Names such as Ahmad Fuad Osman, Bayu Utomo, Samsudin Wahab, Sharon Chin, Chang Yoong Chia, Bibi Chew, Saiful Razman and Raja Shahriman Raja Aziddin can easily stand out in any group exhibition, which they do yet again here, while the cast of South-East Asian artists, especially Moe Satt (Myanmar), Ahmad Abu Bakar (a Malaysian based in Singapore), Muhammadsuriyee Masu (Thailand), Januri (Indonesia) and Mohamad 'Ucup' Yusuf (Indonesia) ensure shared regional ties are being keenly fostered if the festival seeks to expand further.

The Climate exhibition housed in this two-storey former mansion built in 1926, offers a wide variety of art including paintings, installations, light boxes, interactive works, sculptures and ceramics. The works address global themes ranging from environment, politics, media and technology, identity, and empowerment.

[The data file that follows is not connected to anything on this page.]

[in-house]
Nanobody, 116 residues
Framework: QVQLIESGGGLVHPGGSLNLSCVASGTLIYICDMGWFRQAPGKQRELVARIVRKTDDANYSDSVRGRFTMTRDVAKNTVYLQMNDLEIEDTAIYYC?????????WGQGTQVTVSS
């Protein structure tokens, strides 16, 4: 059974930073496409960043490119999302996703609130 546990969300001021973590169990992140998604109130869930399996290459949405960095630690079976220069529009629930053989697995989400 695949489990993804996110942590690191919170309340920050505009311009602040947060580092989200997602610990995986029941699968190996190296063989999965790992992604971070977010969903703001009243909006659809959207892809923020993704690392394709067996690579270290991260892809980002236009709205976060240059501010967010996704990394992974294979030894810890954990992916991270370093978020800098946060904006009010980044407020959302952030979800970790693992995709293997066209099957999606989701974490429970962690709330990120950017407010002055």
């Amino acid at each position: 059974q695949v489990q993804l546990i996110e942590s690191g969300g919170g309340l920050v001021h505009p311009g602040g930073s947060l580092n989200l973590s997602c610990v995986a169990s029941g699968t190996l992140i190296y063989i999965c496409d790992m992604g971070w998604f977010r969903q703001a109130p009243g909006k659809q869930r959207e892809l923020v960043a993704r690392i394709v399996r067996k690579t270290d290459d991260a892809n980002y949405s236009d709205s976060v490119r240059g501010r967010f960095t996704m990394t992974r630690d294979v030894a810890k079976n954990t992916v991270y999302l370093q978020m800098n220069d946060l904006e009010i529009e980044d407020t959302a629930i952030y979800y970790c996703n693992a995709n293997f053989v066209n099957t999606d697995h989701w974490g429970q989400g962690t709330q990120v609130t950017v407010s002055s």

A visitor walks past Bibi Chew's new work 'Where Have All The Voices Gone?' (fibre and thread, 2019). Photo: The Star/Daryl GohA visitor walks past Bibi Chew's new work 'Where Have All The Voices Gone?' (fibre and thread, 2019). Photo: The Star/Daryl Goh

"This exhibition provides a communal space for each artist's' proactive participation as an agent of change," said Nur Hanim.

On the subject of environmental art initiatives, Kuching-based collective Aftermath Thinker adds a direct action element to the exhibit, featuring a plastic waste statue. Its art booth on the use of upcycled and reusable materials serves as an accessible entry point for the masses to come into this exhibition.

"Climate" can also come to reflect on a sense of place and cultural perspectives, where community cohesion isn't always smooth.